cure. Forgiveness can be obtained for all involved in abuse. ...
I caution you not to participate in two improper
therapeutic practices that may cause you more harm than good. They
are: Excessive probing into every minute detail of your past
experiences, particularly when this involves penetrating dialogue in
group discussion; and blaming the abuser for every difficulty in your
While some discovery is vital to the healing
process, the almost morbid probing into details of past acts, long
buried and mercifully forgotten, can be shattering. There is no need
to pick at healing wounds to open them and cause them to fester. The
Lord and his teachings can help you without destroying self-respect.
There is another danger. Detailed leading questions
that probe your past may unwittingly trigger thoughts that are more
imagination or fantasy than reality. They could lead to condemnation
of another for acts that were not committed. While likely few in
number, I know of cases where such therapy has caused great injustice
to the innocent from unwittingly stimulated accusation that were later
proven false. Memory, particularly adult memory of childhood
experiences, is fallible. Remember, false accusation is also a sin.
The repair of damage inflicted by abuse should be
done privately, confidentially, with a trusted priesthood leader and,
where needed, the qualified professional he recommends. There must be
sufficient discussion of the general nature of abuse to allow you to
be given appropriate counsel and to prevent the aggressor from
committing more violence. Then, with the help of the Lord, bury the
Should ugly thoughts of past abuse come back,
remember [the Savior’s] love and his healing power. Your depression
will be converted to peace and assurance.
Elder Scott’s talk
epitomizes the basic problem in the Church hierarchy’s attitude. While
he sincerely offers sympathy for victims and condemns the crime, at the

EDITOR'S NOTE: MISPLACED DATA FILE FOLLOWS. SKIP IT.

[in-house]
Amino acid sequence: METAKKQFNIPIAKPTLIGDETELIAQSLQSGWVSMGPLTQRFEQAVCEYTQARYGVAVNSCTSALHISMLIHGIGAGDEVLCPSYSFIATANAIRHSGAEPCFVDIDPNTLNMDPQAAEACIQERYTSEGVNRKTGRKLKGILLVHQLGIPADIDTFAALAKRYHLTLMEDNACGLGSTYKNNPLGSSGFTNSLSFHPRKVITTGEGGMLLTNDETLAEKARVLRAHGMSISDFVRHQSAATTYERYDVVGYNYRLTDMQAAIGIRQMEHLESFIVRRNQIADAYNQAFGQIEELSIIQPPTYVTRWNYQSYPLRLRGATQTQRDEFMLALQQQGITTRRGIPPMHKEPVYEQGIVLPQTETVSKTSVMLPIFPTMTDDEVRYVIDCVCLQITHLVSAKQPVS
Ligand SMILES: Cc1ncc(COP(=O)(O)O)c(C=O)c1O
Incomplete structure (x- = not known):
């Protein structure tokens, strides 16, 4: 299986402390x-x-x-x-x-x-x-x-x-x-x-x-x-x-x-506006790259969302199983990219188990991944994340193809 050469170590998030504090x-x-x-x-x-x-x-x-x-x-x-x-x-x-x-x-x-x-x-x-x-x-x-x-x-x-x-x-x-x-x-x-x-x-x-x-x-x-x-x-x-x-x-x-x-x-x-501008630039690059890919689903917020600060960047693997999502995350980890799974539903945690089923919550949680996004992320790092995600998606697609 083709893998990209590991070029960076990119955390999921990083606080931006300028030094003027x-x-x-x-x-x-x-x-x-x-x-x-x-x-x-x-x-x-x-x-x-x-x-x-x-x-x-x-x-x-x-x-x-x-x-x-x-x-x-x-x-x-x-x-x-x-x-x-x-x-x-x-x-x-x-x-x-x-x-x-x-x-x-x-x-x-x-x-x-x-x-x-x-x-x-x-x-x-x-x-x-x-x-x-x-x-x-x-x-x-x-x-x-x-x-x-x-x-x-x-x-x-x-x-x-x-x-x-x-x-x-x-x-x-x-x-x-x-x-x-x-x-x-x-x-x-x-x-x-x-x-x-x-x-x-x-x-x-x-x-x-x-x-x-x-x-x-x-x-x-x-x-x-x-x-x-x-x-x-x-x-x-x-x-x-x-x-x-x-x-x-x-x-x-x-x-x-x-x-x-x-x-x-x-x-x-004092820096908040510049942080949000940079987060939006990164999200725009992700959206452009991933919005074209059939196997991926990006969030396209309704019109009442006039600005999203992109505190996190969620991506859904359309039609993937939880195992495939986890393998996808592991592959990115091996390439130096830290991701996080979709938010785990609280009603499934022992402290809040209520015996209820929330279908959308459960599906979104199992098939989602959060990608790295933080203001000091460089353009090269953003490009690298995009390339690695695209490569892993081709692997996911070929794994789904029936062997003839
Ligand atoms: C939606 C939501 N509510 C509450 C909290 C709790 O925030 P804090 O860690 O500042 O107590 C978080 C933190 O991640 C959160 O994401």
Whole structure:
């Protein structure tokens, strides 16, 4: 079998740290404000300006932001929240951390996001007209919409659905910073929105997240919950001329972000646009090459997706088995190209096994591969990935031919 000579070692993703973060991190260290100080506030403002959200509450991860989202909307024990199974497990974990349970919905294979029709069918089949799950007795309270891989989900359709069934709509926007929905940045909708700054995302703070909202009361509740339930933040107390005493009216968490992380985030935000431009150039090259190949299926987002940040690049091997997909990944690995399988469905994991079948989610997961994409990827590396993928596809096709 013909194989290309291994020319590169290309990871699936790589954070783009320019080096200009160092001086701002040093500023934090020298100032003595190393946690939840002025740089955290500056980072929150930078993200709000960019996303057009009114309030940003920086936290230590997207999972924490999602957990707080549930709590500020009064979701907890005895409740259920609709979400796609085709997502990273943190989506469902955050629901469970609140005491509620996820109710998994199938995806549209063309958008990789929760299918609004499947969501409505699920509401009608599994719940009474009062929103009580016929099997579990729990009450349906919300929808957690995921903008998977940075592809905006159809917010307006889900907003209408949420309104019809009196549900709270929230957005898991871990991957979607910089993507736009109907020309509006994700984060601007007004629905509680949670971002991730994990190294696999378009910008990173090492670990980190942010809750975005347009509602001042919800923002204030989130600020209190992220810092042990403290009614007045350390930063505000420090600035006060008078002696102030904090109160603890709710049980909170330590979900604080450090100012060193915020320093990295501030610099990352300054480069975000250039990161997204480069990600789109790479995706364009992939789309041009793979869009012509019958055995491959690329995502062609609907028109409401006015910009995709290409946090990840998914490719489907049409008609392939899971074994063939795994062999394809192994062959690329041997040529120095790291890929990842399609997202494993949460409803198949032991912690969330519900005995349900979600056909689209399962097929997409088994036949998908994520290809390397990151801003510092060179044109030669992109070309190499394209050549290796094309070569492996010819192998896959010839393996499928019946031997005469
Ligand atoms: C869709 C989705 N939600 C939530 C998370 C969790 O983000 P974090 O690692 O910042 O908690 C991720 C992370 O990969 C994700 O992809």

same time he displays ignorance of the basic dynamics of child abuse and
its trauma and of the healing process; he revictimizes survivors. It is
not possible for a child in any way to be responsible for stopping child
abuse. By definition, child abuse implies a power differential of such
magnitude that, even if the child somehow initiated the abuse, the
responsibility rests on the perpetrator, upon the adult. This is the
position consistently taken in legal cases, and it is also borne out by
research and therapy. Shame and guilt universally accompany the trauma
for the child. Always the child asks, "Why didn’t I stop it? Why
didn’t I tell?" By asking these questions from the pulpit, Scott
subtly revictimizes the child.
Marion Burrows Smith, a therapist specializing in
child sexual abuse commented on Elder Scott’s address: "Scott
does not understand the therapeutic process as validated in tens of
thousands of cases of child sexual abuse. He cannot presume to use
metaphors about scratching a wound when in fact the victim may need to
scratch it countless times and may experience a continual bleeding. A
nonprofessional unacquainted with an individual case cannot presume to
dictate what the therapy process should be, who is the best therapist
for the individual, and certainly not how forgiveness can ultimately be
achieved. Scott demands a stance of forgiveness regardless of whether
the perpetrator even acknowledges the crime and regardless of whether
the victim has begun to heal. Such attitudes often make survivors leave
the Church and never seek further dialogue with Church leaders." 5
Given the built-in problems with Elder Scott’s
approach, it is indeed regrettable that General Authorities supply abuse
survivors who write to them for help with copies of this talk, which
they commend as "wise counsel." (See Chapter
16, "Disciplinary Councils and Appeals: Summer 1994.")
At October 1994 general conference, President Gordon
B. Hinckley described and deplored the many ways in which children
suffer, including starvation, war, unwed pregnancy, and poverty. Then he
Then there is the terrible, inexcusable, and evil
phenomenon of physical and sexual abuse.
It is unnecessary. It is unjustified. It is
In terms of physical abuse, I have never accepted
the principle of "spare the rod and spoil the child." I will